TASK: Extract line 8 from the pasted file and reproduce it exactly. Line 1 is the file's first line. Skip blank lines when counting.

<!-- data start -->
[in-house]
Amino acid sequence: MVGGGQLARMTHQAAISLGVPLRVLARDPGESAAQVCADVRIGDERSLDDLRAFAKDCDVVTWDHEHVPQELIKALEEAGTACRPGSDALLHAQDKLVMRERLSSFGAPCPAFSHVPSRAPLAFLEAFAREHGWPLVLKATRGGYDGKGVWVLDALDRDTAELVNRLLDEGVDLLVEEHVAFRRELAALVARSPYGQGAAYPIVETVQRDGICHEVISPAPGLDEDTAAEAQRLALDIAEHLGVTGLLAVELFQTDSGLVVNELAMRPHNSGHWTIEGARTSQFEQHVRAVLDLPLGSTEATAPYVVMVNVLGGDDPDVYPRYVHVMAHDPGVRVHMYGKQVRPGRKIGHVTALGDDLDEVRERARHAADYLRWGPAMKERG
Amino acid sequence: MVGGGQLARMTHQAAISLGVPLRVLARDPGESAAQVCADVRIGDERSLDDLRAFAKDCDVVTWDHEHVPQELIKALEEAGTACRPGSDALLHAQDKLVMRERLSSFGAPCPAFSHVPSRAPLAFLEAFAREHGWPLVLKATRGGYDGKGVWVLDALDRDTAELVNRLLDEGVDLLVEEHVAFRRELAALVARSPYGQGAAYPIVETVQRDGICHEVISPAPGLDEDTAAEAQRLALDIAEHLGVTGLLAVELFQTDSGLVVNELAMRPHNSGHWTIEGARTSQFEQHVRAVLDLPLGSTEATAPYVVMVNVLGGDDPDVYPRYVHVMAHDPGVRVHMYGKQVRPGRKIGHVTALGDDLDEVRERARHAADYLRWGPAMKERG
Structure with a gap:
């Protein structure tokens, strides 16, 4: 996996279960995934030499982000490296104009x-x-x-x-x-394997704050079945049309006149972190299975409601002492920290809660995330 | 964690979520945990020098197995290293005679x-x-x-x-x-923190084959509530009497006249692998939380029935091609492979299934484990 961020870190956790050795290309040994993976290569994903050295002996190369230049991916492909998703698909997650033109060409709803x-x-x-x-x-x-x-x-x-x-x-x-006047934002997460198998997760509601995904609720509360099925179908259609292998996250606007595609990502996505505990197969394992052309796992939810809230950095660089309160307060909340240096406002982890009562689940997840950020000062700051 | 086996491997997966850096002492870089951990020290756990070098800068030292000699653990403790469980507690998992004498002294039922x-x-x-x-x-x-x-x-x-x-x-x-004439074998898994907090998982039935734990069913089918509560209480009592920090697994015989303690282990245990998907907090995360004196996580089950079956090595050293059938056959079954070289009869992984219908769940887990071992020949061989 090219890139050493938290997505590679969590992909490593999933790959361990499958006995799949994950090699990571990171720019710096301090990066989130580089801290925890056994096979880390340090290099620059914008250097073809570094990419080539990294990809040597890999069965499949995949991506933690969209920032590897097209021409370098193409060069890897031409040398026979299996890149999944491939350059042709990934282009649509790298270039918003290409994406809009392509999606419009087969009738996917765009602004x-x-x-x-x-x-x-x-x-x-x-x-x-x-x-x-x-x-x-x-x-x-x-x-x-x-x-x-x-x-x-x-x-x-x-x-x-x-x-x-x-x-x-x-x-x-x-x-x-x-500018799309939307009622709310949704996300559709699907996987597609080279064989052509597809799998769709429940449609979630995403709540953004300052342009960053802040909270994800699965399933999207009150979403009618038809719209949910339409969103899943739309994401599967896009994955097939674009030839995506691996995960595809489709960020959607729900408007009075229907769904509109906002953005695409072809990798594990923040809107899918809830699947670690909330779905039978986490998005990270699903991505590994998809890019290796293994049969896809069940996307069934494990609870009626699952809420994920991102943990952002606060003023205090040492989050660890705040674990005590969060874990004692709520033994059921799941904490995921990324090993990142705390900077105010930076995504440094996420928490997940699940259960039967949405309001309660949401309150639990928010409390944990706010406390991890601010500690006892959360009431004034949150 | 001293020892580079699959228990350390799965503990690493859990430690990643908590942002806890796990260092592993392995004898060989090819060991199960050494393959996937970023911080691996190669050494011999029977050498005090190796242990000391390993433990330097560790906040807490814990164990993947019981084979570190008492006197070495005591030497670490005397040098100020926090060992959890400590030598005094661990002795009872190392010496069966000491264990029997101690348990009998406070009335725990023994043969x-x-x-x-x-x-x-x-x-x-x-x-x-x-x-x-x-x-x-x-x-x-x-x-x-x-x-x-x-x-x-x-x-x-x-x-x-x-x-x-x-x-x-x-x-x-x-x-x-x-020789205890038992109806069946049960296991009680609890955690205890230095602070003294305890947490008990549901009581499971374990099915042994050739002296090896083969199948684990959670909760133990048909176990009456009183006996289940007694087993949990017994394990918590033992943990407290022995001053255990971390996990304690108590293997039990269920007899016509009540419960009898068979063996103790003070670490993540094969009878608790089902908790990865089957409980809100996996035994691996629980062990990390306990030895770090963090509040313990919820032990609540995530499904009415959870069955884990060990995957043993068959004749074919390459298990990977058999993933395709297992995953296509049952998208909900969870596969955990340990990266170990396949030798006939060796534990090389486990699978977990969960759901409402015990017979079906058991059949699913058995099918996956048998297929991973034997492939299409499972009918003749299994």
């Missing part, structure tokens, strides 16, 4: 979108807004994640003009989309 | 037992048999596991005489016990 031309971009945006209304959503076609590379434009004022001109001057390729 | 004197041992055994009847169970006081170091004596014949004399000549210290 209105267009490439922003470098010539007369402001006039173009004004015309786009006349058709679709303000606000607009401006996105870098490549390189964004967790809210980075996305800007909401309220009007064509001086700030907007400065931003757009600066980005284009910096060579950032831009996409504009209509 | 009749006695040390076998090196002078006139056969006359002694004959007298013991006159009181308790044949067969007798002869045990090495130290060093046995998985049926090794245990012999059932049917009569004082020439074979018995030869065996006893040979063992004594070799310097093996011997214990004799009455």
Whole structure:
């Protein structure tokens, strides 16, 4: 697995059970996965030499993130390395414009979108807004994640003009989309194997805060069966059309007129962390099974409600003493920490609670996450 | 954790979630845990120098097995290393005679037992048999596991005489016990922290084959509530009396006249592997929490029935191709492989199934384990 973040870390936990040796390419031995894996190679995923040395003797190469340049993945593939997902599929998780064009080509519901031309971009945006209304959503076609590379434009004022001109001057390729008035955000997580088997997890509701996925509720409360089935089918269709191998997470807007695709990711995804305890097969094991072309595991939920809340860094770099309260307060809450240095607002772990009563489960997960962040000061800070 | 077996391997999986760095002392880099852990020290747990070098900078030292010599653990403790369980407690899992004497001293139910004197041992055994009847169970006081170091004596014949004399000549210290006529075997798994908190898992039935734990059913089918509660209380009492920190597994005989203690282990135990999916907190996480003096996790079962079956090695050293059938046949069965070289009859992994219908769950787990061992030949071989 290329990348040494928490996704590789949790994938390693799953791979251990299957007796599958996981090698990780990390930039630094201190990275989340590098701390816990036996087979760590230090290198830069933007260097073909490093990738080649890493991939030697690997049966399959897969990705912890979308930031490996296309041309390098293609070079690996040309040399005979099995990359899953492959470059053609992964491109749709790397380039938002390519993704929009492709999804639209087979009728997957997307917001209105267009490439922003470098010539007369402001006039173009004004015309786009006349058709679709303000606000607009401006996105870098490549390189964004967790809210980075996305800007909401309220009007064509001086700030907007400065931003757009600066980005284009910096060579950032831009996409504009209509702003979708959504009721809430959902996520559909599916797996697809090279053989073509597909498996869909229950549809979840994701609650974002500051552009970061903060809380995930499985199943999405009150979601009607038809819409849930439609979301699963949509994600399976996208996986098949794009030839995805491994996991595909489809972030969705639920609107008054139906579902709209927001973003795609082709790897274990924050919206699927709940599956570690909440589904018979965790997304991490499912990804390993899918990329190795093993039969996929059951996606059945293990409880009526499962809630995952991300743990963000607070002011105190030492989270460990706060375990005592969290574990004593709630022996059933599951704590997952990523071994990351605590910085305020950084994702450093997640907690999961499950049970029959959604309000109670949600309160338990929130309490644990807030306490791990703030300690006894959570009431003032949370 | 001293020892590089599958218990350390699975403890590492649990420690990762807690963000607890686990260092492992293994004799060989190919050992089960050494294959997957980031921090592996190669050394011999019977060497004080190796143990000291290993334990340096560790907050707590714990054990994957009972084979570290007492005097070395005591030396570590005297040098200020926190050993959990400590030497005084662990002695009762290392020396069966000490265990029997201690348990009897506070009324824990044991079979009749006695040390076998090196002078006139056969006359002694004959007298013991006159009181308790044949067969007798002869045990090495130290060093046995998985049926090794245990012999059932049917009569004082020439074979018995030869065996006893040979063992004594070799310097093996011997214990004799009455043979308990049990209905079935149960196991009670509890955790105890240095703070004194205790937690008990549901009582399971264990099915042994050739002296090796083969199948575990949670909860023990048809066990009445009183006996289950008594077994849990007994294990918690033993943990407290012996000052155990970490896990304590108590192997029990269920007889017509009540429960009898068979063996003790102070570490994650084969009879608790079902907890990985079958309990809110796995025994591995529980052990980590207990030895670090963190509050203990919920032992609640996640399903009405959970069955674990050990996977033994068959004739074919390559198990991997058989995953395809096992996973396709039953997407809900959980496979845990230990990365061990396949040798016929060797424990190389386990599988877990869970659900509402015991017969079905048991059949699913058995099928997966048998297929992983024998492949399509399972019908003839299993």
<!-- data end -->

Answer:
């Protein structure tokens, strides 16, 4: 697995059970996965030499993130390395414009979108807004994640003009989309194997805060069966059309007129962390099974409600003493920490609670996450 | 954790979630845990120098097995290393005679037992048999596991005489016990922290084959509530009396006249592997929490029935191709492989199934384990 973040870390936990040796390419031995894996190679995923040395003797190469340049993945593939997902599929998780064009080509519901031309971009945006209304959503076609590379434009004022001109001057390729008035955000997580088997997890509701996925509720409360089935089918269709191998997470807007695709990711995804305890097969094991072309595991939920809340860094770099309260307060809450240095607002772990009563489960997960962040000061800070 | 077996391997999986760095002392880099852990020290747990070098900078030292010599653990403790369980407690899992004497001293139910004197041992055994009847169970006081170091004596014949004399000549210290006529075997798994908190898992039935734990059913089918509660209380009492920190597994005989203690282990135990999916907190996480003096996790079962079956090695050293059938046949069965070289009859992994219908769950787990061992030949071989 290329990348040494928490996704590789949790994938390693799953791979251990299957007796599958996981090698990780990390930039630094201190990275989340590098701390816990036996087979760590230090290198830069933007260097073909490093990738080649890493991939030697690997049966399959897969990705912890979308930031490996296309041309390098293609070079690996040309040399005979099995990359899953492959470059053609992964491109749709790397380039938002390519993704929009492709999804639209087979009728997957997307917001209105267009490439922003470098010539007369402001006039173009004004015309786009006349058709679709303000606000607009401006996105870098490549390189964004967790809210980075996305800007909401309220009007064509001086700030907007400065931003757009600066980005284009910096060579950032831009996409504009209509702003979708959504009721809430959902996520559909599916797996697809090279053989073509597909498996869909229950549809979840994701609650974002500051552009970061903060809380995930499985199943999405009150979601009607038809819409849930439609979301699963949509994600399976996208996986098949794009030839995805491994996991595909489809972030969705639920609107008054139906579902709209927001973003795609082709790897274990924050919206699927709940599956570690909440589904018979965790997304991490499912990804390993899918990329190795093993039969996929059951996606059945293990409880009526499962809630995952991300743990963000607070002011105190030492989270460990706060375990005592969290574990004593709630022996059933599951704590997952990523071994990351605590910085305020950084994702450093997640907690999961499950049970029959959604309000109670949600309160338990929130309490644990807030306490791990703030300690006894959570009431003032949370 | 001293020892590089599958218990350390699975403890590492649990420690990762807690963000607890686990260092492992293994004799060989190919050992089960050494294959997957980031921090592996190669050394011999019977060497004080190796143990000291290993334990340096560790907050707590714990054990994957009972084979570290007492005097070395005591030396570590005297040098200020926190050993959990400590030497005084662990002695009762290392020396069966000490265990029997201690348990009897506070009324824990044991079979009749006695040390076998090196002078006139056969006359002694004959007298013991006159009181308790044949067969007798002869045990090495130290060093046995998985049926090794245990012999059932049917009569004082020439074979018995030869065996006893040979063992004594070799310097093996011997214990004799009455043979308990049990209905079935149960196991009670509890955790105890240095703070004194205790937690008990549901009582399971264990099915042994050739002296090796083969199948575990949670909860023990048809066990009445009183006996289950008594077994849990007994294990918690033993943990407290012996000052155990970490896990304590108590192997029990269920007889017509009540429960009898068979063996003790102070570490994650084969009879608790079902907890990985079958309990809110796995025994591995529980052990980590207990030895670090963190509050203990919920032992609640996640399903009405959970069955674990050990996977033994068959004739074919390559198990991997058989995953395809096992996973396709039953997407809900959980496979845990230990990365061990396949040798016929060797424990190389386990599988877990869970659900509402015991017969079905048991059949699913058995099928997966048998297929992983024998492949399509399972019908003839299993």